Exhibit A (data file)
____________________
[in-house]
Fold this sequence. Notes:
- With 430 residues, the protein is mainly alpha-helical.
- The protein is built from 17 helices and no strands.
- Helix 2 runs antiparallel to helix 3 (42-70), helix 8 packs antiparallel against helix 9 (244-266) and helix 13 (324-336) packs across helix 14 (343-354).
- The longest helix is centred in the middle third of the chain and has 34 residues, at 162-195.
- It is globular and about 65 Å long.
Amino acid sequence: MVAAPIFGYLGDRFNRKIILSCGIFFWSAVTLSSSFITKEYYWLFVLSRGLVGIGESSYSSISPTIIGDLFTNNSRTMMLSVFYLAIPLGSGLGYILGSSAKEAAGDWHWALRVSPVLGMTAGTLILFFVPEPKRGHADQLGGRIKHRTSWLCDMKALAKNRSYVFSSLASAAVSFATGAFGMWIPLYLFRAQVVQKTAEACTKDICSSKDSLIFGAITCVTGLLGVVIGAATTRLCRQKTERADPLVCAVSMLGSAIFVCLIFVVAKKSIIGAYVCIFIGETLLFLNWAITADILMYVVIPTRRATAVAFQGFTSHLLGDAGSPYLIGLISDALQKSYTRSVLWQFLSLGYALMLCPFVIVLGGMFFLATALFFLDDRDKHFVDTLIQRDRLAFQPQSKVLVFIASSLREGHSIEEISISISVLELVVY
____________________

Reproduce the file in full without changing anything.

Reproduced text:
[in-house]
Fold this sequence. Notes:
- With 430 residues, the protein is mainly alpha-helical.
- The protein is built from 17 helices and no strands.
- Helix 2 runs antiparallel to helix 3 (42-70), helix 8 packs antiparallel against helix 9 (244-266) and helix 13 (324-336) packs across helix 14 (343-354).
- The longest helix is centred in the middle third of the chain and has 34 residues, at 162-195.
- It is globular and about 65 Å long.
Amino acid sequence: MVAAPIFGYLGDRFNRKIILSCGIFFWSAVTLSSSFITKEYYWLFVLSRGLVGIGESSYSSISPTIIGDLFTNNSRTMMLSVFYLAIPLGSGLGYILGSSAKEAAGDWHWALRVSPVLGMTAGTLILFFVPEPKRGHADQLGGRIKHRTSWLCDMKALAKNRSYVFSSLASAAVSFATGAFGMWIPLYLFRAQVVQKTAEACTKDICSSKDSLIFGAITCVTGLLGVVIGAATTRLCRQKTERADPLVCAVSMLGSAIFVCLIFVVAKKSIIGAYVCIFIGETLLFLNWAITADILMYVVIPTRRATAVAFQGFTSHLLGDAGSPYLIGLISDALQKSYTRSVLWQFLSLGYALMLCPFVIVLGGMFFLATALFFLDDRDKHFVDTLIQRDRLAFQPQSKVLVFIASSLREGHSIEEISISISVLELVVY